Learn What To Know Before Entering Couples Therapy

Couple therapy is not the same as solo therapy.


Individual therapy is typically focused only on you, your needs, and how you might develop, whereas couples therapy is focused on both you and your partner. This type of mental health treatment teaches you and your partner about yourselves and each other and how to build your relationship. Couples therapy can assist even the most affluent couples; this therapy is not limited to couples in distress.

Even selecting a counselor jointly necessitates some collaboration. So, here are some pointers to help you get started with couple therapy.

What You Should Know About Couples Therapy

It’s always crucial to be as attentive as possible while embarking on a new adventure. Facts and information matter and can help you avoid feeling too anxious, nervous, or uncertain. This holds regardless of the type of therapy you pick. As a result, remembering the following advice will help you begin couple therapy with the best possibility of healing or improving your marriage.

It is not the counselor’s responsibility to save your marriage.

You do not seek the services of a marriage counselor to repair your relationship. That isn’t their job. Their job is to coach you through the process of repairing your marriage. As a result, you must make an effort to implement their ideas and strengthen your marriage.


You’re going to question, of course, “What about my companion? Shouldn’t they be putting forth the effort as well?” They should, of course. Unfortunately, however, you have no control over what your companion does. The only person whose actions you can influence is yourself. And someone has to be the first to take the first steps.

Unfortunately, a prevalent assumption among many who attend couple therapy is that the counselor is responsible for saving the marriage. As previously said, your counselor’s role is to guide you. This means that they may monitor your problem, provide comments, and make suggestions and potential remedies. You and your partner must be willing to work on your marriage and be open to feedback. It is frequently easier stated than done. In relationship therapy, both parties may get feedback that they do not necessarily like or agree with. Listening to the counselor and swallowing sentiments of anger or resentment are important at moments like these.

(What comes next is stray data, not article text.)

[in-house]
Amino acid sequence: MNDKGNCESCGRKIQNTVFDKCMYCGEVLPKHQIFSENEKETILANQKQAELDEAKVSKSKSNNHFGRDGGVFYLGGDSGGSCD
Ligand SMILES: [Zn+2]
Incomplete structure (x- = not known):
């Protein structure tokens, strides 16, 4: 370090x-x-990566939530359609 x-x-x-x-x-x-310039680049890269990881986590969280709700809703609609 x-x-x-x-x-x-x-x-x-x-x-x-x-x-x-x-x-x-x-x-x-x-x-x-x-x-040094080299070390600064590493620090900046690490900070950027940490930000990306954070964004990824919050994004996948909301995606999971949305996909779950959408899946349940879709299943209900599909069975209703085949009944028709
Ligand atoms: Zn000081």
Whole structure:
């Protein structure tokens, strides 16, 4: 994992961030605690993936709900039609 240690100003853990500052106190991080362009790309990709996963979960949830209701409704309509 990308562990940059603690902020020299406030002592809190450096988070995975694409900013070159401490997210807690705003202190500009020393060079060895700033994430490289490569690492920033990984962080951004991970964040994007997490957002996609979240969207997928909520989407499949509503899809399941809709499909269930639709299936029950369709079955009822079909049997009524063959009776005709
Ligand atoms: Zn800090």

The majority of the work is completed outside of sessions.

Don’t expect to walk out of a few therapy sessions with your relationship suddenly improved. Marriage counseling might help you find your way. However, you must then leave the session and put the advice into action. The work you and your partner, put in outside of sessions determines how well your marriage will fare in the future.

It’s simple to complete the work when you and your partner are in the same room as your therapist. Doing the work when you’re at home, frustrated with each other, and have just had a rough day is something altogether else. This is often easier said than done in many circumstances. However, this is the time when getting the job done is most crucial. Remember that it is up to you and your partner to repair and sustain your relationship, not your therapist. This indicates that you must do the task even if it is not the easiest or most comfortable thing in the world. Push yourself now, and you will reap the benefits afterward.

It only works if both of you want it to.

Couple counseling may be difficult for you or your partner. That’s understandable. But, at the very least, both of you must want the marriage to work for treatment to be effective. The reason you want it to function, on the other hand, does not have to be the same.

People may want to marry for a variety of reasons at any given time. You may wish to keep your marriage for family or child-rearing reasons, for the shared financial life you’ve made together because you still love this person, or for any combination of these or other reasons. The reason you or your partner desire to keep the marriage together after entering counseling may be different from the reason you got married in the first place. And that’s fine.

Another important aspect of couple therapy to remember is that both you and your spouse must not just want to save your relationship, but you must also want it as badly as the other. Things are unlikely to work out if you are entirely dedicated, but your partner is only somewhat committed (or vice versa). Some relationships can and should be saved, while others cannot. The success or failure of your relationship will be determined by whether or not you and your significant other are equally and completely devoted to each other and improving your union.

As long as there is some drive to improve this connection, there is a chance that your reasons for wanting to be together and your affections for each other will eventually match.

Don’t Procrastinate Too Long.

Many couples seek counseling for too long, and the initial difficulties or complaints have multiplied. The couples’ chasm has grown too wide, making things more difficult than they need to be.

Many couples don’t realize it, but putting off dealing with some issues can spell the end of a relationship. When problems go unaddressed, they tend to rot and become worse than they were before. For example, negative emotions went unresolved and laid dormant, only to erupt at a later moment. The damage has most certainly already been done by this point. You and your partner may be surprised that you need to take this step, but in the long run, you will be grateful that you acted proactively rather than waiting for things to worsen.